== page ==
by Ruth Kramer
Mission Network News
However, Ukraine’s military said it couldn’t because pro-Russian separatists who advanced last week were still attacking its positions. Since the “truce” went into effect last week, fighting has killed more than 5,600 people. Although the deal looks stillborn, the deals’ backers hope something can be salvaged.
Fearing vulnerability with pro-Russian forces already inside its borders, Ukraine doesn’t want to leave the welcome mat out for a Russian advance. Although military objectives advance and towns fall, nobody’s really “winning.” Eric Mock, Vice President of Ministry Operations at Slavic Gospel Association, says, “It really is a conflict that has hurt both countries. The ruble has fallen dramatically against the dollar. Now, with the truce not holding as well as it should, the hryvnia is falling apart, as well.”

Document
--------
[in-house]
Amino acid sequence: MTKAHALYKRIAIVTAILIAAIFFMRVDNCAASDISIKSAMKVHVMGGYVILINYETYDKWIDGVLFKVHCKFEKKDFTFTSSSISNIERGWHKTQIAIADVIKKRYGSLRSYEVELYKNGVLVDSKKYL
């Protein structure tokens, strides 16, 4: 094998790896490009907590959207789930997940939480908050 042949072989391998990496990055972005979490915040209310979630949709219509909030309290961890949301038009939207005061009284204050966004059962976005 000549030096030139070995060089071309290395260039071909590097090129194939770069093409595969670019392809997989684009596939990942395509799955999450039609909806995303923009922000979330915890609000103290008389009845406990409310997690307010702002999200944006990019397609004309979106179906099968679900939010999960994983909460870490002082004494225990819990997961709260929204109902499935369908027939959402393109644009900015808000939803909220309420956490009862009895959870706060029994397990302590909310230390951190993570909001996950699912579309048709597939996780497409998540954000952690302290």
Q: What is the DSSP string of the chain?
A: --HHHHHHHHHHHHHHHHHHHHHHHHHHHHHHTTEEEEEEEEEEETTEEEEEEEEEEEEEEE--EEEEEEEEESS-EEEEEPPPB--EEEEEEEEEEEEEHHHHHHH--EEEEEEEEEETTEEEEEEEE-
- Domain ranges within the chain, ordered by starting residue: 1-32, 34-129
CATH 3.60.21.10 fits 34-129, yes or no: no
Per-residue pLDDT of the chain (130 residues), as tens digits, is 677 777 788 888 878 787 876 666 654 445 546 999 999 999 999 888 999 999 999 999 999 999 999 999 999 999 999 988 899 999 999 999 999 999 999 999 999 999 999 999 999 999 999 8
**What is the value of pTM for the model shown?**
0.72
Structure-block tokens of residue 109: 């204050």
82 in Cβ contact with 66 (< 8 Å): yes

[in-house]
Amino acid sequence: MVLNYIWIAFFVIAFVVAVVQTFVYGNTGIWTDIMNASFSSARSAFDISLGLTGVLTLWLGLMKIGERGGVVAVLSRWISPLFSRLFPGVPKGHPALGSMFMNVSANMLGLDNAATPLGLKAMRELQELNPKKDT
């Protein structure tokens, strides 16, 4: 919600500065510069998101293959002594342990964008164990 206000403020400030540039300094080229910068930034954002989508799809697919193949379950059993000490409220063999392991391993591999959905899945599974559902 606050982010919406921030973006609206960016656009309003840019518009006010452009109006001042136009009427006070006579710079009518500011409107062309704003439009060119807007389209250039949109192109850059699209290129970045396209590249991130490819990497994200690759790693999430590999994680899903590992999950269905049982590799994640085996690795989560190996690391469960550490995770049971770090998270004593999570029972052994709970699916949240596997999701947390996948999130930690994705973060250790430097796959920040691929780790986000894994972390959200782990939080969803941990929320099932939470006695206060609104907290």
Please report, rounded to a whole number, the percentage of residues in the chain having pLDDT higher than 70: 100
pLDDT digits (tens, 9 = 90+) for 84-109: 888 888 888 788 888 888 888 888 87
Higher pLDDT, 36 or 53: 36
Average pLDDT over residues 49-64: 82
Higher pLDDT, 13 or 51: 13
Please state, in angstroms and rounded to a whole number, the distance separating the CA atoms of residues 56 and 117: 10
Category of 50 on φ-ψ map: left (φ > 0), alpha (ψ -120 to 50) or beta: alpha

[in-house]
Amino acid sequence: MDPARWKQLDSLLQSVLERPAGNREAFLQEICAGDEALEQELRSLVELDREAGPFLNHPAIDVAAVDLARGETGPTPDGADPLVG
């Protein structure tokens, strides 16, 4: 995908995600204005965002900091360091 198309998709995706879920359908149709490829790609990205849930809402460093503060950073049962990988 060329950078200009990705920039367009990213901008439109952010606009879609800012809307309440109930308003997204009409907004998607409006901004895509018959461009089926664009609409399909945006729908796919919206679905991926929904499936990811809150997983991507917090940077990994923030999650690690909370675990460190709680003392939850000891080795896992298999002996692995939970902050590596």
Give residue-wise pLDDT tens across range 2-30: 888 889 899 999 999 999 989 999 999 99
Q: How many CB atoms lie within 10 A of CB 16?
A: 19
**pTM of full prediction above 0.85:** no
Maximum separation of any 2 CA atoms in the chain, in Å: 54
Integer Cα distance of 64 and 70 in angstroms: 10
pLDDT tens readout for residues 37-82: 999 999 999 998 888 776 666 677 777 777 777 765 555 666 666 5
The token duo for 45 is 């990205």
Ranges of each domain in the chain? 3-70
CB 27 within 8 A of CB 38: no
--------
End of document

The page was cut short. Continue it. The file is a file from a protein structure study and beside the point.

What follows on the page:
The violence keeps pushing people out. As each area falls to the rebels, it’s preceded by waves of refugees. “What we’re seeing is literally an influx of orphan children into orphanages. We’re seeing a difficulty for people to put food on the table. In many cases, the primary problem is refugees.”
Churches are opening their doors, too. “Just in the northern part of Kiev, [there are] so many refugees at a church that all their Sunday school rooms were used to house families, as well as during the week in the sanctuary. Many of them were families with young children. They had no way to provide diapers for them. So, we’re leaving funds to even have these children equipped with diapers.”